- Fruits: Although wild African grey parrots eat a lot of fruit, they are also much more active than our domestic birds. Offering a variety of fruits is a great idea but don’t give your bird unlimited access, or the sugars might cause it to become overweight.
- A high-quality pellet: These make a great base food for your African grey and contain plenty of (micro)nutrients, vitamins and minerals. Some feed pellets exclusively but it’s better to offer a wide variety of foods.
- A high-quality seed mix: Yes, it’s true that you shouldn’t be overfeeding seeds, as they’re too fatty. No, that doesn’t mean seeds are the devil. You can still offer them as part of a varied diet. Try sprouting seeds as well.
- Extras: (Unsalted) boiled rice, pasta or lentils. Boiled egg. Garden weeds like clover and dandelion leaves. Freshly picked grasses. Bird-safe flowers. A mealworm or two (crush the heads). Be creative and encourage foraging behavior!
- Treats: It’s great to have some on hand for training purposes. Walnut bits, dried fruit or pre-made treats like Nutri-Berries can be offered in small quantities to reward your bird for a job well done.
Tip: Hypocalcaemia (calcium shortage) is particularly common in African grey parrots and can lead to serious symptoms like seizures. Hypocalcaemia is most common in birds that have been fed a seed-only diet (Stanford, 2007), so if you’re following the guidelines above you’re already on the right track. Still, make sure your bird always has cuttlebone and a calcium block available.
Try feeding high-calcium foods like kale and offering foods that block the absorption of calcium, like spinach, only sparingly.
Apart from a proper diet there are a bunch of other factors that affect African grey parrot health and therefore their potential to grow old. The lifespan of an African grey parrot depends, among other things, on the following:
Exercise. Obesity is a silent killer of domestic parrots because unless you weigh your bird regularly (which you should be doing!), it’s hard to notice under all those feathers.
Your bird should have a big cage and plenty of out-of-cage time to move around. It should be encouraged to forage for its food, and it should have lots of parrot toys to keep itself busy with.
- Air quality. Ever heard of the ‘canary in a mine’? Birds succumb to bad air quality way before we do. It’s logical that we shouldn’t be smoking around our parrots, but did you know they’re also highly intolerant to perfumes and other aerosolized cosmetics (hairspray, deodorant), candles and wax burners, cleaning products, teflon pan fumes and much more?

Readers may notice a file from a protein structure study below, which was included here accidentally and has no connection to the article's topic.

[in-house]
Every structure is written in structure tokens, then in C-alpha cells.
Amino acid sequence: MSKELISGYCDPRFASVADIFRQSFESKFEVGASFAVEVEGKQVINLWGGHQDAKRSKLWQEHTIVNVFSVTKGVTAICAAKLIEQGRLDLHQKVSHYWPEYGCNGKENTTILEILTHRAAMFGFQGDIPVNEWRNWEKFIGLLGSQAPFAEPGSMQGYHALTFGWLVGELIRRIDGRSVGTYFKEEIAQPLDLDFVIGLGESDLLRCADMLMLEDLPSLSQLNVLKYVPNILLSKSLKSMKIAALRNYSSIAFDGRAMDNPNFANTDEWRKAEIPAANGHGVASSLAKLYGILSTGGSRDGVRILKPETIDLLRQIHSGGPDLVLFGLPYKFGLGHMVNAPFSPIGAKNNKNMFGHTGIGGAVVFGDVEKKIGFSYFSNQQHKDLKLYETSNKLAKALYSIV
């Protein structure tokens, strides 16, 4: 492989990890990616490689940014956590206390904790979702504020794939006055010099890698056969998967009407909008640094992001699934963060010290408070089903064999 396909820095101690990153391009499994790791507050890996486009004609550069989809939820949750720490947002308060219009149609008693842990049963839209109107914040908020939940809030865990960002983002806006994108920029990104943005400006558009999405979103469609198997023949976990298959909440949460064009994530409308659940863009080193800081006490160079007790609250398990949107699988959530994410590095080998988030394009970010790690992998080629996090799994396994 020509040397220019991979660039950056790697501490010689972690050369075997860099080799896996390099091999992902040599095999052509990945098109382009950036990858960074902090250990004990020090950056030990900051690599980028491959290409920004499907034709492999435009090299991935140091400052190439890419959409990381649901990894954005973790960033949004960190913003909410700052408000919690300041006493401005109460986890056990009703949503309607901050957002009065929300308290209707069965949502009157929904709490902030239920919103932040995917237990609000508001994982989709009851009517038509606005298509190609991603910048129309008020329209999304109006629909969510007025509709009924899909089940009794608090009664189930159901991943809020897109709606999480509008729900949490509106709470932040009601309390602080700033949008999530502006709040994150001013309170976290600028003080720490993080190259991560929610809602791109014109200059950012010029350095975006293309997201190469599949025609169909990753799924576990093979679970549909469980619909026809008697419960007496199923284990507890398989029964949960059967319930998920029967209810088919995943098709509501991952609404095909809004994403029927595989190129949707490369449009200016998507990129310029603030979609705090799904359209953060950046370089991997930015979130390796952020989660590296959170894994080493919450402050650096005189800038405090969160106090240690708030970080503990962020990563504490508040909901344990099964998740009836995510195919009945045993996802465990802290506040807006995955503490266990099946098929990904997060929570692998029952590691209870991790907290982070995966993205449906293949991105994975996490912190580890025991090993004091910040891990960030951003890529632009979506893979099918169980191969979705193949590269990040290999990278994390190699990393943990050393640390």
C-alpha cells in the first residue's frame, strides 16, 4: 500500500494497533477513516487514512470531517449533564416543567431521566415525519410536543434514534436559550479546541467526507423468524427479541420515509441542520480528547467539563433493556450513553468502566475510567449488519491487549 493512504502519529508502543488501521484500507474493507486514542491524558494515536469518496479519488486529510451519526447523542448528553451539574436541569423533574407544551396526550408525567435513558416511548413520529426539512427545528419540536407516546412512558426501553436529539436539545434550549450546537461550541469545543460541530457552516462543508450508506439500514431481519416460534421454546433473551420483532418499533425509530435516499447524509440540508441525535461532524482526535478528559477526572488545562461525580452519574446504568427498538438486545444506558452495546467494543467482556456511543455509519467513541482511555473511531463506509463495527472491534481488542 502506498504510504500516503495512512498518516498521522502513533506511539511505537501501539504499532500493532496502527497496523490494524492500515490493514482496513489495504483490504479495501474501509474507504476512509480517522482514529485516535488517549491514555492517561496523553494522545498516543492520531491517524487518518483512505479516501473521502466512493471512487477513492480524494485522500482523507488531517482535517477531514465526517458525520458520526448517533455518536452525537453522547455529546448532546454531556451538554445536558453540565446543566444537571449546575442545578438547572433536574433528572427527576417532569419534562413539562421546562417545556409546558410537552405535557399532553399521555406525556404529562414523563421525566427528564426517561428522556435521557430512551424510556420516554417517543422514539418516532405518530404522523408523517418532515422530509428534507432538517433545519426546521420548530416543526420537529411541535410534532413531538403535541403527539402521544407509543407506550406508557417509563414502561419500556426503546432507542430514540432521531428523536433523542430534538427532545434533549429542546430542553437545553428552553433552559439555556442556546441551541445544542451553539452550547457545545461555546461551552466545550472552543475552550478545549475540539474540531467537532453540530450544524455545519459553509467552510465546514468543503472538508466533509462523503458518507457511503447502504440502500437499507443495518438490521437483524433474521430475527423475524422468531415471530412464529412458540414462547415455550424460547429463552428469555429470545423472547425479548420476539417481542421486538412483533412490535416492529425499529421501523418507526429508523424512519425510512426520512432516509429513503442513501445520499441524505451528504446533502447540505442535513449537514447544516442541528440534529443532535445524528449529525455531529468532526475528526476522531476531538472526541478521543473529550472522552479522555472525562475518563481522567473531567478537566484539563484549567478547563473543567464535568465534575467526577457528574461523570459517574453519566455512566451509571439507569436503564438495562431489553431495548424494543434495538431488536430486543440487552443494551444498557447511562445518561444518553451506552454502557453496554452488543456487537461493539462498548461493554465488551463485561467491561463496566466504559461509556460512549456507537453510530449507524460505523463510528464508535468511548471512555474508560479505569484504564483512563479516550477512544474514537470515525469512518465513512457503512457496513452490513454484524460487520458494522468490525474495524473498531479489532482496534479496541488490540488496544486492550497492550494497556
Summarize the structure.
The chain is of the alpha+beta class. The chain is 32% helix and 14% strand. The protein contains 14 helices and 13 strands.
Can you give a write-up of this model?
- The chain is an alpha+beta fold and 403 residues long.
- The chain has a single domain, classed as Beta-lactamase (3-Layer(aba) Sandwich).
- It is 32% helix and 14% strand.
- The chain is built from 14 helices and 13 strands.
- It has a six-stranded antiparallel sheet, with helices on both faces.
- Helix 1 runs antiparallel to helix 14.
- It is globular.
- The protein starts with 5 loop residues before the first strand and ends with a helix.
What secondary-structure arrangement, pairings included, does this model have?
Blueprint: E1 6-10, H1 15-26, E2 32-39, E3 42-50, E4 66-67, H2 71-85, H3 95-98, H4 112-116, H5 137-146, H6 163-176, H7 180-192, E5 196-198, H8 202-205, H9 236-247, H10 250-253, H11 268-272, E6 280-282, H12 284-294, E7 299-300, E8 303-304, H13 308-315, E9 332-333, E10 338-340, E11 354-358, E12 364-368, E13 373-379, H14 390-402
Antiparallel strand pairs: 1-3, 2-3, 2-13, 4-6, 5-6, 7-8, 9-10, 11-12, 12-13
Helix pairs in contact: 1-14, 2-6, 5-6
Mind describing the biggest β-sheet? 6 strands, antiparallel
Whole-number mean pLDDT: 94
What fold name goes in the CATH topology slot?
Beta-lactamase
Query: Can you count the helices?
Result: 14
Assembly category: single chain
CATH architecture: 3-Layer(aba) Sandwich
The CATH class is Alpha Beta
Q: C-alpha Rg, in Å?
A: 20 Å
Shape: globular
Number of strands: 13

Stress. You’ve probably heard that stress is bad for humans’ health. It’s the same for birds! The biggest source of stress for African grey parrots is being alone, as they’re extremely social beings. This stress can manifest itself in feather plucking and other long-term issues.
Dedicate lots of time to socializing with your bird and avoid exposing it to rough handling, being spooked, feeling threatened by predators like cats and other stressors.
- Bird safety. A good parrot owner always has potential accidents in the back of their mind. Can my parrot get its foot stuck in that toy? Can it chew through that cable? Did I close the windows before letting it out of its cage, and did I put the cat or dog in another room so it can’t get to my bird?
Emergencies. Even if we’re always mindful of possible dangers, a highly curious animal like an African grey parrot can still manage to get itself into a sticky situation. Do you have a blood clotting agent at hand? Do you know what to do when your bird has a splinter lodged in its beak? Do you have the number for an avian vet on hand?
Read up on parrot emergency care and put together a little first aid box. It could save your bird’s life one day.
- Check-ups. Speaking of that avian vet, take your African grey parrot into their office once a year for a health check-up.
How old is my African grey parrot?
If you already own an African grey parrot, you might be wondering how old it actually is after reading all this. The bad news: as with other parrot species, it’s not really possible to tell the age of a mature African gray parrot by looking at it. However, there are a few things that might just help you out.
- If your parrot is ringed then you’re in luck, as rings usually list the hatch date. Even if there’s no ring, if you know who bred your African grey, you can shoot them a message and see if they keep records that might help you figure things out.
- If you haven’t had your African grey parrot for very long yet and it might be quite young, take a peek at its eyes. They won’t give you a precise indication of the bird’s age at all but they can at least help narrow things down slightly.
- Juvenile African grey parrots will have dark irises rather than the normal light yellow coloration. If the eyes are almost black (like the birds in the video below), that means the bird is probably under a year. After this they will go from brown to a dark yellow all the way to the very light irises that a bird of 4-5 years or up has.
- Still no idea? Ask your vet. They might be able to narrow things down at least somewhat for you, possibly performing a blood test to see if your bird has reached sexual maturity yet (which happens between 3-6 years of age) or has already passed it.
If you have any more questions about African grey parrot lifespan or if you want to share your own experiences with this amazingly intelligent species, don’t hesitate to leave a comment below!
If you’re wondering about the lifespan of other common pet parrots, have a look at the Parrot Lifespan category.
“African gray parrot | bird”. Encyclopædia Britannica. Retrieved 21 March 2020.
“Psittacus erithacus, Linnaeeus, 1758” (PDF file). Retrieved 21 March 2020 from: https://www.cites.org/sites/default/files/eng/com/ac/22/E22-10-2-A1.pdf